Looking at Familiar Scenes in Fresh, New Ways

by Linda Eodice

Lone Cypress BW
Lone Cypress BW
© Linda Eodice
All Rights Reserved
Some views of often-seen monuments or scenes have become practically trite, such as Half Dome, as viewed from any number of Yosemite Valley locations. The next time you visit that familiar view of Yosemite or the Grand Canyon, take a little time to scout out unique vantage points that you havenít seen a dozen times before. Perhaps you can find a high or low view of your subject. You might also consider trying some different post-processing techniques to create a new look. If you normally shoot in color, duplicate one of your favorite photos and turn it into a sepia or black-and-white image. You might want to try a texture overlay or another effect in Photoshop or another image-editing program.

The Lone Cypress on Californiaís central coast is a real icon of the 17-Mile Drive in Pebble Beach. Itís been photographed hundreds of thousands of times, and many landscape photographers have at least one shot of this famous isolated tree in their collections (including me). I was lucky on a summer afternoon to find good views of the Lone Cypress that werenít fogged in. To try to create a more unique image for my portfolio this time around, I converted one of my photos to a subtle sepia tone.

Mt. Rushmore Crevice View
Mt. Rushmore Crevice View
© Linda Eodice
All Rights Reserved
How many times have we seen the typical view of the four presidents carved into Mt. Rushmore in South Dakota? I started out by snapping these oft-seen pictures of this monument in front of the visitorsí center, and then ventured closer in search of more original views. As I approached the monument, I found a rock with a crevice that provided an interesting framing element. I captured this image through the crevice in the rock, which has been published in Northwest Airlinesí in-flight magazine about Mt. Rushmore and the Badlands of South Dakota.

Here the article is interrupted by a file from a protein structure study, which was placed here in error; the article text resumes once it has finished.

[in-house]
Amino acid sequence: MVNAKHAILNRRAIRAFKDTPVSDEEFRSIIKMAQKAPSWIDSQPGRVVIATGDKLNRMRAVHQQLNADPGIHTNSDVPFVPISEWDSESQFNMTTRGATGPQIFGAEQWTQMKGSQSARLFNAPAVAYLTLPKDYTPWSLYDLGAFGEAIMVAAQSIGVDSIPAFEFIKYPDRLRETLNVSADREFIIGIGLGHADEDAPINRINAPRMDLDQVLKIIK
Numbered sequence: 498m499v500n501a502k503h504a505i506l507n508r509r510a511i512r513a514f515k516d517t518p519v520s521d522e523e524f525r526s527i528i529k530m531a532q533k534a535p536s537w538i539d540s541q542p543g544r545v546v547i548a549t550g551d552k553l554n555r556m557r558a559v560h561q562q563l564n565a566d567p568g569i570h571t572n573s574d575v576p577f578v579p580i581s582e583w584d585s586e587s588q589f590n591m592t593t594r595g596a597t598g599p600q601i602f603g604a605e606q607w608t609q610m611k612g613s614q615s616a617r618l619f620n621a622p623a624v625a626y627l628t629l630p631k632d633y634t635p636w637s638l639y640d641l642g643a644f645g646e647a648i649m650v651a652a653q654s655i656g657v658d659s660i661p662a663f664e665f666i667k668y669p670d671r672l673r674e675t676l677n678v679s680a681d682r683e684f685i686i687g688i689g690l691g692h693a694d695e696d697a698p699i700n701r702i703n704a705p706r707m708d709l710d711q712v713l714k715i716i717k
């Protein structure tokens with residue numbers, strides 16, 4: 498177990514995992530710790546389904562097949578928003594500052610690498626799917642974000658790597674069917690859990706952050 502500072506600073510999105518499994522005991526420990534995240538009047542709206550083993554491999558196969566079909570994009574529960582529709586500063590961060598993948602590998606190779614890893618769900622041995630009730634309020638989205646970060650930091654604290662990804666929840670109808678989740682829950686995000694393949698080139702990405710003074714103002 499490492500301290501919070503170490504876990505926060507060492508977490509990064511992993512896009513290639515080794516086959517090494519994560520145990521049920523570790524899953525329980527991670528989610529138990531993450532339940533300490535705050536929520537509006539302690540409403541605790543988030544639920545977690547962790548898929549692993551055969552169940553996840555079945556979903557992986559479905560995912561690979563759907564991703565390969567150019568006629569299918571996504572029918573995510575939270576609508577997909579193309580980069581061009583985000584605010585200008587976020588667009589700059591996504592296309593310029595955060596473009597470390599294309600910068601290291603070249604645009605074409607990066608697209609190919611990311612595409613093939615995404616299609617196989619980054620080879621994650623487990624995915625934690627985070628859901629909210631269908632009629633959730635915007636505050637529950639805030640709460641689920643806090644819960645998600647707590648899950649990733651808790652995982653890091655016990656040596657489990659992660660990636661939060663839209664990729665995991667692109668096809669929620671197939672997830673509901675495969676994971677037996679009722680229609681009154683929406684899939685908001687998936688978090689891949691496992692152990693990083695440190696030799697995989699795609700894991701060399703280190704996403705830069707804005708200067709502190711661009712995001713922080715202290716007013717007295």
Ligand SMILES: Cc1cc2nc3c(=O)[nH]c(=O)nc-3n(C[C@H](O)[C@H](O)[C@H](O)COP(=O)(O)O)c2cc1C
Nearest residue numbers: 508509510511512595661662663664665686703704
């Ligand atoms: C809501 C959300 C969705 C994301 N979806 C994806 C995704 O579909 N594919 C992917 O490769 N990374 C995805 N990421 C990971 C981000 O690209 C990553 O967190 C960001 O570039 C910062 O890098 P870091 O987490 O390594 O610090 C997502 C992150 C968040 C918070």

Even the most often-photographed subjects have some unique views. All you have to do is take the time to find them!


Editor's Note: Like these ideas? Then check out Lynne Eodice's excellent courses at BetterPhoto's photography school online:





About Author / Instructor / Photographer, Linda Eodice
Photography Instructor: Linda EodiceThe author of Photos That Inspire, Lynne Eodice teaches a number of excellent online classes for BetterPhoto.com (see the current course listing below.) She is also the former Feature Editor for Petersenís PHOTOgraphic.

A native of Southern California, Lynne was educated at Pasadena City College and Cal Poly Pomona. Her love of photography began after her husband gave her a 35mm SLR as an anniversary gift. She began her career as a feature writer & photographer for local newspapers that included Pasadena Weekly and The Herald Tribune.

Besides having articles and photos published regularly in PHOTOgraphic, she has contributed to Rangefinder, Digital Photographer and California Tour & Travel, as well as PHOTOgraphicís Buyerís Guide, Big Book of Photography and Family Photo magazines. Her images have appeared in a popular instructional book called The Complete Idiotís Guide to Photography, and she has marketed her stock photos through Index Stock Imagery in New York.

Lynne has exhibited her fine-art scenic photography at Kolb Studio and the visitorís center at Grand Canyon National Park in Arizona, at Occidental College in Eagle Rock, California, and at venues throughout the San Gabriel Valley. In addition, she has taught many classes, seminars and workshops.

In the fall of 2007, she was honored as one of the Women Achievers in the San Gabriel Valley in Business Life magazine.

Lynne currently lives with her husband, Dennis and their dog, Chiquita in Altadena, California.